Hotel Pro Forma's The Algebra ofPlace;

hotelproforma.dk

Hotel Pro Forma's The Algebra ofPlace;

this conceptual framework destabilises the fixed position of the performer,the performance and those who receive it. In particular, intermediality is notexclusively governed by the interaction of technology; instead a base interpretationis the convergence of media in performance. As such, the live per·former and the audience in contemporary performance are part of thatmedia. Therefore, when the performer and the audience are incorporatedinto the interpretive framework of intermediality, perception becomes thefocus. 'Thus, intermediality is not reliant on technology but on the interactionbetween performance and perception' (Chapple and Kattenbelt2006: 21).In summary, when an intermedial framework is applied to contemporaryperformance it privileges the altered perceptions of reality created inbetweenthe media, the performers and the audience. Consequently, anintermedial framework challenges the fixity of the contemporary performanceform itself, which has implications for my question concerning myaltered perception of original and copy when viewing The Algebra ofPlace.Space and time in contemporary performanceSpecifically, Chapple and Kattenbelt's intermedial framework challenges thefixity of the form by examining it through several well·established theoreticalpathways. It's their privileging of the theoretical pathways equally andexclusively from performance theoreticians that confirms their original contributionto knowledge. At first they commence with the semiotic coding oftheatre that is the concepts of body, space and time. Then, to encompassdifferent theoretical positions on performance, they expand the model fromthe semiotic, to the textual and then to the performative.Recognition of the textual, the semiotic and the performative models in thesame space, irrespective of whether or not one model or the other is dominantin a particular performance, is an important part of intermediality.(Chapple and KattenbeJt 2006: 22)In particular the semiotic codes of space, time and 'the body' are privileged inmy investigation, however and unavoidably, this initial theoretical positioninevitably becomes enmeshed in theories of the performative and the textual.When considering of space and time in contemporary performancepractice, Chapple and Kattenbelt's intermedial framework appears to becomplementary to David E. R. George and Alan Read's theorising on spaceand time in performance. George and Read theorise on the potentiality ofcontemporary performance generated by its ambiguity. Provocatively,George asserts that 'To create one version of a performance is simultaneouslyto evoke others' (George 1996: 20). Here George is addressing theambiguity of meaning created by multiple potentials evoked in a contemporaryperformance. His comment agrees with Read's understanding ofimpo·tentiality, in what he refers to as Live Art. 'It is the exposure to an equivalentstate of impotentiality, shared by performer and audience within Live Artacts that mark out the experience for me as remarkable .. .' (Read 2004: 247)·'72David Fenton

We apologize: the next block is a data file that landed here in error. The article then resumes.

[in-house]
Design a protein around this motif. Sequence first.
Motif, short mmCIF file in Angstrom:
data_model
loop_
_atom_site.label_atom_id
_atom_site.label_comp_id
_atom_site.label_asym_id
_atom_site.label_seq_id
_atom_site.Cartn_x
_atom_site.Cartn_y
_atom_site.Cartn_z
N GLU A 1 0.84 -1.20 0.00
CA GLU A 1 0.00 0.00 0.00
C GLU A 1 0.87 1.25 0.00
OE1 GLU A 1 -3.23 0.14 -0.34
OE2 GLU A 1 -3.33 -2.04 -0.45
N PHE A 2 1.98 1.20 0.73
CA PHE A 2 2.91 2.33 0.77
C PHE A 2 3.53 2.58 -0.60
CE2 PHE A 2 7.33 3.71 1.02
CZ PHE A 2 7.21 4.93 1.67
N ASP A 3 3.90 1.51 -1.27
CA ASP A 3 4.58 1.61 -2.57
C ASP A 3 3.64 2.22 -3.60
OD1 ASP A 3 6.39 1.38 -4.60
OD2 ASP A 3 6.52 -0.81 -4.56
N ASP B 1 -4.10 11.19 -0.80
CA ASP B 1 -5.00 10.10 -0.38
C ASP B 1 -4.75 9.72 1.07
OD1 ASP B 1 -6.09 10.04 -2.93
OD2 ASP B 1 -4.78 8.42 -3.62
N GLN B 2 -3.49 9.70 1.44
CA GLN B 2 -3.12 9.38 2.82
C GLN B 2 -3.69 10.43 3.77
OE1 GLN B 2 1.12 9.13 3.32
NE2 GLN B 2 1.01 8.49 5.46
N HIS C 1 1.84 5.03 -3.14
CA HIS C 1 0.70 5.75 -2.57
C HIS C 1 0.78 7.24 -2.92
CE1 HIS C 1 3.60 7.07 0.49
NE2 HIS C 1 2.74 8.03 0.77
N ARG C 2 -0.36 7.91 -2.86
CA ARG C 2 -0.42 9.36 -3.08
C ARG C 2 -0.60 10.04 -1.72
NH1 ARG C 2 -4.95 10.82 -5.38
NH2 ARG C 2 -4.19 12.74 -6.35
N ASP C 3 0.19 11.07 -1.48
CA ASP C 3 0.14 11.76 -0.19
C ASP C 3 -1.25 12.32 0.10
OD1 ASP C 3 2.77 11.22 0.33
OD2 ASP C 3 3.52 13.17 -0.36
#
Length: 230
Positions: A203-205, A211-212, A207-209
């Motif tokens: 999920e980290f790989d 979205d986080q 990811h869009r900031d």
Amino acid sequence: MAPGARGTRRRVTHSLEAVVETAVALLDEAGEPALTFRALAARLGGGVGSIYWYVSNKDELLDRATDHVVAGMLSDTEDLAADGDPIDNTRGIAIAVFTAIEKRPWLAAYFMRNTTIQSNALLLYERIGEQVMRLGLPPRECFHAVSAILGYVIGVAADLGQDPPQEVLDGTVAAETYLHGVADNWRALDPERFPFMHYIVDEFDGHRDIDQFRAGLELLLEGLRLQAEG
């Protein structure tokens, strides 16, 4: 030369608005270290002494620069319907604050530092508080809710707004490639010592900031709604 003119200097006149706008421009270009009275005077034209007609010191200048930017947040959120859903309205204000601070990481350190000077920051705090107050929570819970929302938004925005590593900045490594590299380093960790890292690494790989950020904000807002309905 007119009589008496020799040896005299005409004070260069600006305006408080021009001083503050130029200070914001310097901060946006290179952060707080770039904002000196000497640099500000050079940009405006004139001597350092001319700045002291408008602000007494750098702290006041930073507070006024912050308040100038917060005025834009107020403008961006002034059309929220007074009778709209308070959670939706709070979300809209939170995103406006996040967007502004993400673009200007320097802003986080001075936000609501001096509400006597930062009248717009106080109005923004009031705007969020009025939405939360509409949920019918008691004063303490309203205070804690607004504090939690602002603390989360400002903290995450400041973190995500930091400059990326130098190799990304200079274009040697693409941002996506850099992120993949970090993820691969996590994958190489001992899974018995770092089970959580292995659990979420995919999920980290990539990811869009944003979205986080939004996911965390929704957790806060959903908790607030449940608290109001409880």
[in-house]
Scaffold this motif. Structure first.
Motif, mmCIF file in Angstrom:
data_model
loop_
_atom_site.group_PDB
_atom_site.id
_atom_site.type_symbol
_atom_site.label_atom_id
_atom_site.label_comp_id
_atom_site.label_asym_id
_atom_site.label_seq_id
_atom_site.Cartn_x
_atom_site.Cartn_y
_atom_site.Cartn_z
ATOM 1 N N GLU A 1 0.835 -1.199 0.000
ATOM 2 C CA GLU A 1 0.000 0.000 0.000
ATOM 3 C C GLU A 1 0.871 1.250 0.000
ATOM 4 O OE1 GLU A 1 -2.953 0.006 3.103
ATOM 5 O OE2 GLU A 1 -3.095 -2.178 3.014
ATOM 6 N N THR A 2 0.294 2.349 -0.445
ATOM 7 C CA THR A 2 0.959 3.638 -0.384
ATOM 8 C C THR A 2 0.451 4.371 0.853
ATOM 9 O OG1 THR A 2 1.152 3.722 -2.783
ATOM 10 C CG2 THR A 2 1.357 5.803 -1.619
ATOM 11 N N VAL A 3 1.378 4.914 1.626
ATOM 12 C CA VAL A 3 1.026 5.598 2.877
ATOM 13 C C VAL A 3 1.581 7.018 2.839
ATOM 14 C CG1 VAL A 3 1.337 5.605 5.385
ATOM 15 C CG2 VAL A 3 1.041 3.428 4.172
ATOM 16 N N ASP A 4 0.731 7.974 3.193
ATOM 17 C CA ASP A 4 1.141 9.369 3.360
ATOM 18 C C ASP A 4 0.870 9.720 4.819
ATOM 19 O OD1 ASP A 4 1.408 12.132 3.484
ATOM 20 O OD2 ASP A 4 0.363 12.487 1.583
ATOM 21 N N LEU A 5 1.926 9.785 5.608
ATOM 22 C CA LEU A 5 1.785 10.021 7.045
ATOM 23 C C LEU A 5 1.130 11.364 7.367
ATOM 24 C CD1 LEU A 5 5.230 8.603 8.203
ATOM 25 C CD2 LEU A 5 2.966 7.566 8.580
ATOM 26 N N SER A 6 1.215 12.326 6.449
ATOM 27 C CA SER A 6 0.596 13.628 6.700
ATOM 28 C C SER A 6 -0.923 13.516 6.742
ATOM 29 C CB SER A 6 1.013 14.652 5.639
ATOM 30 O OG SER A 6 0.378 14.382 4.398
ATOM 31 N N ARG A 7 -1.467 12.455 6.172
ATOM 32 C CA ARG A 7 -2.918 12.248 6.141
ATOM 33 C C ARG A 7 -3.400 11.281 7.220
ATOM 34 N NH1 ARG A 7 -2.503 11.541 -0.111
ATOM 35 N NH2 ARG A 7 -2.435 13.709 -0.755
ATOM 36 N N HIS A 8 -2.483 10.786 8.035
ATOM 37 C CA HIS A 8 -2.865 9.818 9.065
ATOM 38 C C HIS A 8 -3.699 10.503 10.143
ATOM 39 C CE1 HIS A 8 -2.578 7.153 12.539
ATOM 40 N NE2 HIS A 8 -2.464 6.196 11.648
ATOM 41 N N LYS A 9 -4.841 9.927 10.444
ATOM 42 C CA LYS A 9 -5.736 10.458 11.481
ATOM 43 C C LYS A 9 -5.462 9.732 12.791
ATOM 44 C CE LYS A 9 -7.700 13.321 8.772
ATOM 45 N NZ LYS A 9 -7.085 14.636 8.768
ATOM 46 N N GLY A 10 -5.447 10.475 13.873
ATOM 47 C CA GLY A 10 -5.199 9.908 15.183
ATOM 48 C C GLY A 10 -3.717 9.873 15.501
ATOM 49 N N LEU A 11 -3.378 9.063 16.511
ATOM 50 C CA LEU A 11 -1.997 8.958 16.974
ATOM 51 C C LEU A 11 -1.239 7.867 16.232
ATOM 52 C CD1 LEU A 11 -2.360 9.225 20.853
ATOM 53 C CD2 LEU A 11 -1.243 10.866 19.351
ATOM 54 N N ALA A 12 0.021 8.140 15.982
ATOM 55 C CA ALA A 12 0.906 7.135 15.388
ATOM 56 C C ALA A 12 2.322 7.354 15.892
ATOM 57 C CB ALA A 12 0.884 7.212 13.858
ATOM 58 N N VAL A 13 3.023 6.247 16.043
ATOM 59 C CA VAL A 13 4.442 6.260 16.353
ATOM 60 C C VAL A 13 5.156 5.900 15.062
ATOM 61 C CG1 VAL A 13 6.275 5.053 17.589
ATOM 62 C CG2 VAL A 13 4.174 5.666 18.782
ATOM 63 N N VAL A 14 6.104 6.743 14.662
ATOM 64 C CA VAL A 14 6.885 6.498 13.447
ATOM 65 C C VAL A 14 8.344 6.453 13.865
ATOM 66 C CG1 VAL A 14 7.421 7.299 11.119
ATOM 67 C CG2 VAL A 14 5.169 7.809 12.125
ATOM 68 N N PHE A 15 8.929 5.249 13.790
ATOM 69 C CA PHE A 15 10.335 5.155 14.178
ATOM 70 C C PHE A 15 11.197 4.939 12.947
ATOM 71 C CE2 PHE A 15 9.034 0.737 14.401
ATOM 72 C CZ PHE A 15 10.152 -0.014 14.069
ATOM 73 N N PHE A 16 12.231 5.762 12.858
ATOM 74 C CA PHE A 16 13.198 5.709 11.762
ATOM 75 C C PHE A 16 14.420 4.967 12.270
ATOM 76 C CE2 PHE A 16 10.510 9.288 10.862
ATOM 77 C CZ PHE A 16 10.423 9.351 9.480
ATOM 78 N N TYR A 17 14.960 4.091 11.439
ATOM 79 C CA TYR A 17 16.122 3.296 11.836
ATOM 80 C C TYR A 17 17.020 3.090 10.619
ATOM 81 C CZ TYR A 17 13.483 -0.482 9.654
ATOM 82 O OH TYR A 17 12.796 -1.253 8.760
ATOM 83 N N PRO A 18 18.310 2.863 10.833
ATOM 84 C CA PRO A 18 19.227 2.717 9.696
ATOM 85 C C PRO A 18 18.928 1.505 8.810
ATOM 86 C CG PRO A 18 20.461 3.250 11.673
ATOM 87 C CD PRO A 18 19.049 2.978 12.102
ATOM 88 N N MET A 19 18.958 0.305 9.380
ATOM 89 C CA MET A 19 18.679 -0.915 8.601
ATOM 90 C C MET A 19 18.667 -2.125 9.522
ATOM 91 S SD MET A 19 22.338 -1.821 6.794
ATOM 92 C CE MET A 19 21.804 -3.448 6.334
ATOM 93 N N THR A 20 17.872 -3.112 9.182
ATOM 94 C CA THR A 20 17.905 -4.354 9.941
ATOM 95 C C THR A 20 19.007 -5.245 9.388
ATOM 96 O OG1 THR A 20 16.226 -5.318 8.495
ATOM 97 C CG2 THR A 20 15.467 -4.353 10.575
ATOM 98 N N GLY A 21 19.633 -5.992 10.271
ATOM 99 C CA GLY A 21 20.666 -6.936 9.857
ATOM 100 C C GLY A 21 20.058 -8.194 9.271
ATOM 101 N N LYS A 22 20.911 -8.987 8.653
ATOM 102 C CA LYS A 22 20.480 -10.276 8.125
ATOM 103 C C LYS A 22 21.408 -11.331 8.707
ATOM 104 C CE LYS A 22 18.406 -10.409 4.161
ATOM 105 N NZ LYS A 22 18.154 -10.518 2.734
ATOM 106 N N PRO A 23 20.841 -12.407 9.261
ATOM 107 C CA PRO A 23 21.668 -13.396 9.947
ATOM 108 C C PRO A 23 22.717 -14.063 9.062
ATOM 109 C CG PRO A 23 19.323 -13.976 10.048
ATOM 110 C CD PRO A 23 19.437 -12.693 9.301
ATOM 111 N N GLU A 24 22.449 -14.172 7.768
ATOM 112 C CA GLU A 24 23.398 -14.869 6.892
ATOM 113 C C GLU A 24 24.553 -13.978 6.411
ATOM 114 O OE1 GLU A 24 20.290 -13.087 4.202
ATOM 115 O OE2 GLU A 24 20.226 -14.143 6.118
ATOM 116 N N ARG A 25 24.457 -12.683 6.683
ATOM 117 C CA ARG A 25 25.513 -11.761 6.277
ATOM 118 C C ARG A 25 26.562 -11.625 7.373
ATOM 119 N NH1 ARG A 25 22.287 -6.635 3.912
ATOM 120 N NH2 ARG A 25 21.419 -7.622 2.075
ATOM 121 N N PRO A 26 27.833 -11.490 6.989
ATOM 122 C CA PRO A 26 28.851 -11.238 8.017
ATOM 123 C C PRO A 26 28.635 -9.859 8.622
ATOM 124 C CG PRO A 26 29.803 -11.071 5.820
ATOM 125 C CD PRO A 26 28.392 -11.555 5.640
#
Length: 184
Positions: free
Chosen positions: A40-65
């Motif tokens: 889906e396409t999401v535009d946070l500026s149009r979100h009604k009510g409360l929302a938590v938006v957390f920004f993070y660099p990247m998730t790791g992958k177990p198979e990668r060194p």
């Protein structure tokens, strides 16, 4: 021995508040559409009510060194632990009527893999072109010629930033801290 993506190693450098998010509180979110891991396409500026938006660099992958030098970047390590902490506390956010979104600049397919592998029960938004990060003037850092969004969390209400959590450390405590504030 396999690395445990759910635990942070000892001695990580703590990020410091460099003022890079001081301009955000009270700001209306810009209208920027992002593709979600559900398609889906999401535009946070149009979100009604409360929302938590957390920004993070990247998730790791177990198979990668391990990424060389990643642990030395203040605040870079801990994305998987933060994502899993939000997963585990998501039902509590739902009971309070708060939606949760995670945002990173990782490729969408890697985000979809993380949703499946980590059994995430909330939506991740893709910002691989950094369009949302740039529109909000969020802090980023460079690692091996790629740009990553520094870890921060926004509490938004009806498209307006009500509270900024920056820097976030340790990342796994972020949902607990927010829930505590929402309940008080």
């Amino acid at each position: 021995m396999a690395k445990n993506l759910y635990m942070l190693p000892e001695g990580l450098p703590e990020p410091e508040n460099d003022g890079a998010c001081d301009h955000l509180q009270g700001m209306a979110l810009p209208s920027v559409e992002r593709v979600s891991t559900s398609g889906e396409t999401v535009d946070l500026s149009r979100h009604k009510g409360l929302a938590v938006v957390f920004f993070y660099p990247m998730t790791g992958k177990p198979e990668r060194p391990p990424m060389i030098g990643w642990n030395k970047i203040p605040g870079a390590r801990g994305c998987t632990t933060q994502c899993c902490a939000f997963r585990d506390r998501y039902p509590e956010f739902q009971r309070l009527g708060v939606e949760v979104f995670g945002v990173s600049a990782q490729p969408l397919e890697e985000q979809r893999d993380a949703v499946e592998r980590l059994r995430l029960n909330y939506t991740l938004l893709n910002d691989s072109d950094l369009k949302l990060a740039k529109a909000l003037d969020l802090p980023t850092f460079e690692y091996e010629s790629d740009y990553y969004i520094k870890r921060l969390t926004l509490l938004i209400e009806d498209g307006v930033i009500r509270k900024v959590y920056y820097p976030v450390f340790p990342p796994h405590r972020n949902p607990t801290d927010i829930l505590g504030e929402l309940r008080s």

the mimetic exchange of power, where the copy changes or commentsupon the original. As such, I propose that space, time and identity can fractureeven if the digital representations are devoid of scale avatars, becausethe identity continues to be translocal.In conclusionWhat then is similar and or different about these two examples? Figures,and 2 are similar in as much as they both provide an example of the fracturingof space and time because of the convergence of live and mediatisedperformance_ However, this is the minimum of my criteria for digitalmimesis.Figure, advances the illustration ofdigital mimesis through its content,which demonstrates a literal split of identity. Nevertheless, Figure, islimited with regard to the destabilisation of the performer's identity as itdoes not provide a convincing translocation of identity by mimetically representinganother space and time. Instead it provides an abstracted field oflight, rather than a representational one. The only mimetic quality we canattribute to Figure, is the content, the performer's literal split through themediatised image.Whereas in contrast to Figure 1, Figure 2 demonstrates the fracturing ofspace and time through other locations. And as such, it is the translocationof the identity, appearing as it were in different space-times, which offers amore convincing illustration of the concept of digital mimesis.If digital mimesis can be succinctly defined as a process where space,time and the peiformer's identity are simultaneously dispersed and coalesced inintermedia! contemporary peiformance, destabilising the perception ofthe origina!and the copy, how then do these examples collectively contribute to abetter understanding of the concept? Together they illustrate that once aperformer's live performance converges with a mediatised performance,their identity fractures because of their translocation in different space andtimes. However, and more importantly, the examples affirm that bothaspects of the performance must be representational, that they must have amimetic relationship, but not strictly one governed by imitation. Rather, inthis case the mimetic replication must supersede a traditional imitativeunderstanding of mimesis, to embrace a contemporary understandingwhich creates an altered perception of original and copy_With this regard the concept ofdigital mimesis answers both ofmy initialquestions concerning the confusion oforiginal and copy, and the perceptionof time, space and the performer's identity in The Algebra of Place. I contendthat there is a causal relationship between the two questions. And thatspace, time and identity were in flux when I observed The Algebra of Place,which led to my altered perception of copy and original. Consequently, theconcept of digital mimesis answers both questions, it is chiefly concernedwith unpacking what appears to be an ontological destabilisation of originaland copy between live and mediatised performance, where the fixity of theoriginal is challenged through interrnediality. As such, I propose that since theintermedial practice of Hotel Pro Forma is not uncommon in contemporaryHotel Pro Forma's The Algebra ofP!ace; destabilising the original and the copy... 179